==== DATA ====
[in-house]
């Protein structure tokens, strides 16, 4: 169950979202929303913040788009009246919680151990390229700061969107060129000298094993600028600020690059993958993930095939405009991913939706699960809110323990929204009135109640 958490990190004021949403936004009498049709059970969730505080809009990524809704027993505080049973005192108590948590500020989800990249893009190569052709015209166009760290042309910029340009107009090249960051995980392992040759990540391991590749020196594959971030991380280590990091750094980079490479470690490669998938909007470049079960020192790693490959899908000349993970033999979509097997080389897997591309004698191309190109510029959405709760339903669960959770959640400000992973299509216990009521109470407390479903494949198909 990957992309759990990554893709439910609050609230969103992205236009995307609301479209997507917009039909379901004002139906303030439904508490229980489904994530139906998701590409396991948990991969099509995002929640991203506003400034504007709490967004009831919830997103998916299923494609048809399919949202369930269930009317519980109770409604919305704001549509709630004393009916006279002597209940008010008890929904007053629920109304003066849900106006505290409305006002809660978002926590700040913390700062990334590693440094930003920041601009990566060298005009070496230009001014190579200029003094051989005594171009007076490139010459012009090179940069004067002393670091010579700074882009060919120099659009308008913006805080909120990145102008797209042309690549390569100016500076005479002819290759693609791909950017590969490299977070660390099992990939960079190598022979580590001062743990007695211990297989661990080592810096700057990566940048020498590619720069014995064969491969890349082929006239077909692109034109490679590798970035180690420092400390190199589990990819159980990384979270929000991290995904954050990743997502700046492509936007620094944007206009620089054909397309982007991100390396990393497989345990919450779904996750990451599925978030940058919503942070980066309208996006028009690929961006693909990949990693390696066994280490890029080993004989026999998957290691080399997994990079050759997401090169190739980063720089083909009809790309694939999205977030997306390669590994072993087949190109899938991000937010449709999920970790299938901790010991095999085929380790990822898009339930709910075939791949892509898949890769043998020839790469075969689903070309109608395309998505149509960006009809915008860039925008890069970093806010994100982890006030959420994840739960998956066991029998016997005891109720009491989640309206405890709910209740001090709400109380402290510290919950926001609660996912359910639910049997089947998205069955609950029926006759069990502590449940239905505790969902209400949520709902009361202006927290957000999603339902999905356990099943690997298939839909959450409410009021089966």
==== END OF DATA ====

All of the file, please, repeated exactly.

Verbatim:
[in-house]
């Protein structure tokens, strides 16, 4: 169950979202929303913040788009009246919680151990390229700061969107060129000298094993600028600020690059993958993930095939405009991913939706699960809110323990929204009135109640 958490990190004021949403936004009498049709059970969730505080809009990524809704027993505080049973005192108590948590500020989800990249893009190569052709015209166009760290042309910029340009107009090249960051995980392992040759990540391991590749020196594959971030991380280590990091750094980079490479470690490669998938909007470049079960020192790693490959899908000349993970033999979509097997080389897997591309004698191309190109510029959405709760339903669960959770959640400000992973299509216990009521109470407390479903494949198909 990957992309759990990554893709439910609050609230969103992205236009995307609301479209997507917009039909379901004002139906303030439904508490229980489904994530139906998701590409396991948990991969099509995002929640991203506003400034504007709490967004009831919830997103998916299923494609048809399919949202369930269930009317519980109770409604919305704001549509709630004393009916006279002597209940008010008890929904007053629920109304003066849900106006505290409305006002809660978002926590700040913390700062990334590693440094930003920041601009990566060298005009070496230009001014190579200029003094051989005594171009007076490139010459012009090179940069004067002393670091010579700074882009060919120099659009308008913006805080909120990145102008797209042309690549390569100016500076005479002819290759693609791909950017590969490299977070660390099992990939960079190598022979580590001062743990007695211990297989661990080592810096700057990566940048020498590619720069014995064969491969890349082929006239077909692109034109490679590798970035180690420092400390190199589990990819159980990384979270929000991290995904954050990743997502700046492509936007620094944007206009620089054909397309982007991100390396990393497989345990919450779904996750990451599925978030940058919503942070980066309208996006028009690929961006693909990949990693390696066994280490890029080993004989026999998957290691080399997994990079050759997401090169190739980063720089083909009809790309694939999205977030997306390669590994072993087949190109899938991000937010449709999920970790299938901790010991095999085929380790990822898009339930709910075939791949892509898949890769043998020839790469075969689903070309109608395309998505149509960006009809915008860039925008890069970093806010994100982890006030959420994840739960998956066991029998016997005891109720009491989640309206405890709910209740001090709400109380402290510290919950926001609660996912359910639910049997089947998205069955609950029926006759069990502590449940239905505790969902209400949520709902009361202006927290957000999603339902999905356990099943690997298939839909959450409410009021089966």